5. You don’t need one
You are giving birth to the baby, and that is one fact we cannot change, but the experience of birth often includes another person - the partner. Sometimes the partner is who needs that constant support and encouragement. I have been invited back to be a repeat doula for families I have served previously, not because the mother feels she needs a doula, but because the partner did not want to go through the process without a doula. Sometimes as a doula, providing support and encouragement to the partner, means the partner is who shines in the mothers eyes as her primary support person. That is wonderful! I love when that happens as birth should belong to that couple.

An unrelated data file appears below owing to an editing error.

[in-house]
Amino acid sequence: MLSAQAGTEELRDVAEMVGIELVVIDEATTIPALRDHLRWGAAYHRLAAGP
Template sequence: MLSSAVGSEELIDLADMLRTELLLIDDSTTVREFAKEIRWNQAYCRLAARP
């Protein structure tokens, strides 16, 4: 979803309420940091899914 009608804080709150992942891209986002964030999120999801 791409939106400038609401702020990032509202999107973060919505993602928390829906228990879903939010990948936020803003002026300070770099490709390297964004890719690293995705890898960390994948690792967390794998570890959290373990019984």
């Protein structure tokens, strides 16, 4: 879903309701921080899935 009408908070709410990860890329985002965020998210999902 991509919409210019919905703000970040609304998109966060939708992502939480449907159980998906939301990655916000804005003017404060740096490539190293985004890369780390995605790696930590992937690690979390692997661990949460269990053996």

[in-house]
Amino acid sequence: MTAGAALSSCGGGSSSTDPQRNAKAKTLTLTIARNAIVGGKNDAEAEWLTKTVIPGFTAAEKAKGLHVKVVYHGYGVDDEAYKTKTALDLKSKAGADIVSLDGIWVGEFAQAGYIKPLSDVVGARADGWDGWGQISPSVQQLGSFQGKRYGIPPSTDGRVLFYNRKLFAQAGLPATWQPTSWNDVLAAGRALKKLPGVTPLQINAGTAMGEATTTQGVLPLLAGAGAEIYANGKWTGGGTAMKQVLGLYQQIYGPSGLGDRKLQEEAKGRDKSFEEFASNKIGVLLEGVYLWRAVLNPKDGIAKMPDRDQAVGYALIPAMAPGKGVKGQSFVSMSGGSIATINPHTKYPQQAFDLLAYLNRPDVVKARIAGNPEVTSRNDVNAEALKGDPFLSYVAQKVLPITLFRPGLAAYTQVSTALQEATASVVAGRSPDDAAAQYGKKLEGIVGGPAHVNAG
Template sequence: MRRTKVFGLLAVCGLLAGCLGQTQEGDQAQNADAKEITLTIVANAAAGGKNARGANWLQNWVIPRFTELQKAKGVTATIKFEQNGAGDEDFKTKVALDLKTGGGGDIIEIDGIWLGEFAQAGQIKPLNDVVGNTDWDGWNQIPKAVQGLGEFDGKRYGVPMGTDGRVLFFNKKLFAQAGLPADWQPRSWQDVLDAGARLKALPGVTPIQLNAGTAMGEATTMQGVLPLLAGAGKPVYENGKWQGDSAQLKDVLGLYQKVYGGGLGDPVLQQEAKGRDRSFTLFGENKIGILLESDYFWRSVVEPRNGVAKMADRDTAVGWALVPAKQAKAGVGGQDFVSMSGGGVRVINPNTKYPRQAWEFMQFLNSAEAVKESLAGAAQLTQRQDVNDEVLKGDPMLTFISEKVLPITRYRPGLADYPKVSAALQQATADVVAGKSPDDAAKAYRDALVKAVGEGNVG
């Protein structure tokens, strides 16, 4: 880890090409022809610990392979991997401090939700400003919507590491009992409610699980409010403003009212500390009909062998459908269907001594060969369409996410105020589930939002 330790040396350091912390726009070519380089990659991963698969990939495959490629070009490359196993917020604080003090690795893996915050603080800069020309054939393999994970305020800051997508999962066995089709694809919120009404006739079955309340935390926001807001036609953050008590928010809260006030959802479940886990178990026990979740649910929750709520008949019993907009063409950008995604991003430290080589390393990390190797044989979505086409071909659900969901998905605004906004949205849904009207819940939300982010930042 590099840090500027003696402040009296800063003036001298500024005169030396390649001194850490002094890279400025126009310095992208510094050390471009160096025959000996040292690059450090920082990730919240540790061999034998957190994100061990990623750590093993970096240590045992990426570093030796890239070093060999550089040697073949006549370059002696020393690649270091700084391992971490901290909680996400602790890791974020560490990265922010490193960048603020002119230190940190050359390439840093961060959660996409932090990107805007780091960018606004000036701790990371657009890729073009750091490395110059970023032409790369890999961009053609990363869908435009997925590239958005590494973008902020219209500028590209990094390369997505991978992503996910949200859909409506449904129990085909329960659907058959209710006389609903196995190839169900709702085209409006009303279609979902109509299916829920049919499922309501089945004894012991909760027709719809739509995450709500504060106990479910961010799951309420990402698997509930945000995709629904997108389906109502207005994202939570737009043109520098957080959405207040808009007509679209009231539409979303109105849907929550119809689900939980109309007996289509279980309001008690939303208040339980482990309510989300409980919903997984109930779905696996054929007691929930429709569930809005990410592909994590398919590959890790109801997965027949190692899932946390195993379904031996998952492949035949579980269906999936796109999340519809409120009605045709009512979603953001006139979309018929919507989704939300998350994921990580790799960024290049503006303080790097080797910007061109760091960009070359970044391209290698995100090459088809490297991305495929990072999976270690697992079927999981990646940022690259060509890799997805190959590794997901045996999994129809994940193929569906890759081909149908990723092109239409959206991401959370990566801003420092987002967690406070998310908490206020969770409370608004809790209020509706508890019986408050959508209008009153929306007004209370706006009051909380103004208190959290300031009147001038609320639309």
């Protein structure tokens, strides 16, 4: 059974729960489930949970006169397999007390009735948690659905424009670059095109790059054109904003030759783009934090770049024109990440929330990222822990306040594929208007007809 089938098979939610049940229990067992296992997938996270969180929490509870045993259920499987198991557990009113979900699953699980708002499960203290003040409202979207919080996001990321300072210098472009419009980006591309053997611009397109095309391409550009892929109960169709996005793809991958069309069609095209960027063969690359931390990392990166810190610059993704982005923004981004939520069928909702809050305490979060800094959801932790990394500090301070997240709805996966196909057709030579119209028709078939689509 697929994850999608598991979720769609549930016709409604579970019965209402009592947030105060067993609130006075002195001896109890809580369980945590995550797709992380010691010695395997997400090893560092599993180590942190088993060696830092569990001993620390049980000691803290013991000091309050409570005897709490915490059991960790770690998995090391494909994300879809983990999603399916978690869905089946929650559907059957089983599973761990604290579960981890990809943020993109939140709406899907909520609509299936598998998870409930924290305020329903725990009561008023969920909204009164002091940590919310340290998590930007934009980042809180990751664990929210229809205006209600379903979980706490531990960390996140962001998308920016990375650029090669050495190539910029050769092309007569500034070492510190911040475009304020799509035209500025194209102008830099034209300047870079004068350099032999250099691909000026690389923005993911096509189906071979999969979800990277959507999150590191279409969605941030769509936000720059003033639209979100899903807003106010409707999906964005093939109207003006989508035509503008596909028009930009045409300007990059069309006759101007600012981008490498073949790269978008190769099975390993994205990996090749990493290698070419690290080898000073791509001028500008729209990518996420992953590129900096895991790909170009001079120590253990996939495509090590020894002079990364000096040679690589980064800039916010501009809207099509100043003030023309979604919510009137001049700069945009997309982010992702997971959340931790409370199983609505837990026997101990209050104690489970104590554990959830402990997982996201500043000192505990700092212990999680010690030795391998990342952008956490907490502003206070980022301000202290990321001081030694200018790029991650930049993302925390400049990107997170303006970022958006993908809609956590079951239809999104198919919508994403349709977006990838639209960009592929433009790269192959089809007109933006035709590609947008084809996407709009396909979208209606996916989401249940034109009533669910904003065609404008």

And, maybe, truly, neither person needs a doula. I do not believe doulas are needed at births…you know, those babies are coming out at some point regardless of who is at the birth. Doulas are not a must have, doulas are an added extra. Doulas are a must have for some people, but not all people, and I support that decision.
If you would like more info on the doula services I provide, I have more information readily available for you.